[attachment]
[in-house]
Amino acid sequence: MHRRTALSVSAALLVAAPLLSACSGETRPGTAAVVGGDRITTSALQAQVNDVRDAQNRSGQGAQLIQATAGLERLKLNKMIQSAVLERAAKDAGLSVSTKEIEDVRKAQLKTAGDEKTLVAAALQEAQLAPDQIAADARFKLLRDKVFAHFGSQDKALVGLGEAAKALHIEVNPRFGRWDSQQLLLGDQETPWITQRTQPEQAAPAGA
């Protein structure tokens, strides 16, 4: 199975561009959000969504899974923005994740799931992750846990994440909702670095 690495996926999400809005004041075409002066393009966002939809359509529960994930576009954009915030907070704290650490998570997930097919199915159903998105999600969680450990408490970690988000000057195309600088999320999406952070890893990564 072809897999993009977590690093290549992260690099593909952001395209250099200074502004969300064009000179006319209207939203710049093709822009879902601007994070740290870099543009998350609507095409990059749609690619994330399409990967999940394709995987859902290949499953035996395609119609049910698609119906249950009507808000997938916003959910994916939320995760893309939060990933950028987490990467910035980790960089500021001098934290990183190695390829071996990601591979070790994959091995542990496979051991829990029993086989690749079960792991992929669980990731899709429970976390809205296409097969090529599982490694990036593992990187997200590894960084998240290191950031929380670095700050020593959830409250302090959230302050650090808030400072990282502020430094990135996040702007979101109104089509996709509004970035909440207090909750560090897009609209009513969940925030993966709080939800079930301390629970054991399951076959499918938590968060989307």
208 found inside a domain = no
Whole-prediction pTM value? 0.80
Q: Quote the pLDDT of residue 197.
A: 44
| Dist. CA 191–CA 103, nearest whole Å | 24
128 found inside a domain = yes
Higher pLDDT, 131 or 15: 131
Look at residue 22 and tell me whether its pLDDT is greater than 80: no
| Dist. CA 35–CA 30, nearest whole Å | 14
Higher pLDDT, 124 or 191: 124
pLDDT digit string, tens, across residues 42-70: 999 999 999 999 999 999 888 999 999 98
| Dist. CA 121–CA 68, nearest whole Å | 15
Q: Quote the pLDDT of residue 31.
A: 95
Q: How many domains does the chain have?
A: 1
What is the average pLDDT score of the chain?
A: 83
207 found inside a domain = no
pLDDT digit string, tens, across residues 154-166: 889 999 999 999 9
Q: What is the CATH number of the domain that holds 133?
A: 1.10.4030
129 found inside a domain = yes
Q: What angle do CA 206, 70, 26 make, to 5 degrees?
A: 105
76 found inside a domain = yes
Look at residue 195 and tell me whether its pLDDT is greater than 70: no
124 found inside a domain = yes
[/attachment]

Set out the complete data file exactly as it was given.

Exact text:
[in-house]
Amino acid sequence: MHRRTALSVSAALLVAAPLLSACSGETRPGTAAVVGGDRITTSALQAQVNDVRDAQNRSGQGAQLIQATAGLERLKLNKMIQSAVLERAAKDAGLSVSTKEIEDVRKAQLKTAGDEKTLVAAALQEAQLAPDQIAADARFKLLRDKVFAHFGSQDKALVGLGEAAKALHIEVNPRFGRWDSQQLLLGDQETPWITQRTQPEQAAPAGA
């Protein structure tokens, strides 16, 4: 199975561009959000969504899974923005994740799931992750846990994440909702670095 690495996926999400809005004041075409002066393009966002939809359509529960994930576009954009915030907070704290650490998570997930097919199915159903998105999600969680450990408490970690988000000057195309600088999320999406952070890893990564 072809897999993009977590690093290549992260690099593909952001395209250099200074502004969300064009000179006319209207939203710049093709822009879902601007994070740290870099543009998350609507095409990059749609690619994330399409990967999940394709995987859902290949499953035996395609119609049910698609119906249950009507808000997938916003959910994916939320995760893309939060990933950028987490990467910035980790960089500021001098934290990183190695390829071996990601591979070790994959091995542990496979051991829990029993086989690749079960792991992929669980990731899709429970976390809205296409097969090529599982490694990036593992990187997200590894960084998240290191950031929380670095700050020593959830409250302090959230302050650090808030400072990282502020430094990135996040702007979101109104089509996709509004970035909440207090909750560090897009609209009513969940925030993966709080939800079930301390629970054991399951076959499918938590968060989307």
208 found inside a domain = no
Whole-prediction pTM value? 0.80
Q: Quote the pLDDT of residue 197.
A: 44
| Dist. CA 191–CA 103, nearest whole Å | 24
128 found inside a domain = yes
Higher pLDDT, 131 or 15: 131
Look at residue 22 and tell me whether its pLDDT is greater than 80: no
| Dist. CA 35–CA 30, nearest whole Å | 14
Higher pLDDT, 124 or 191: 124
pLDDT digit string, tens, across residues 42-70: 999 999 999 999 999 999 888 999 999 98
| Dist. CA 121–CA 68, nearest whole Å | 15
Q: Quote the pLDDT of residue 31.
A: 95
Q: How many domains does the chain have?
A: 1
What is the average pLDDT score of the chain?
A: 83
207 found inside a domain = no
pLDDT digit string, tens, across residues 154-166: 889 999 999 999 9
Q: What is the CATH number of the domain that holds 133?
A: 1.10.4030
129 found inside a domain = yes
Q: What angle do CA 206, 70, 26 make, to 5 degrees?
A: 105
76 found inside a domain = yes
Look at residue 195 and tell me whether its pLDDT is greater than 70: no
124 found inside a domain = yes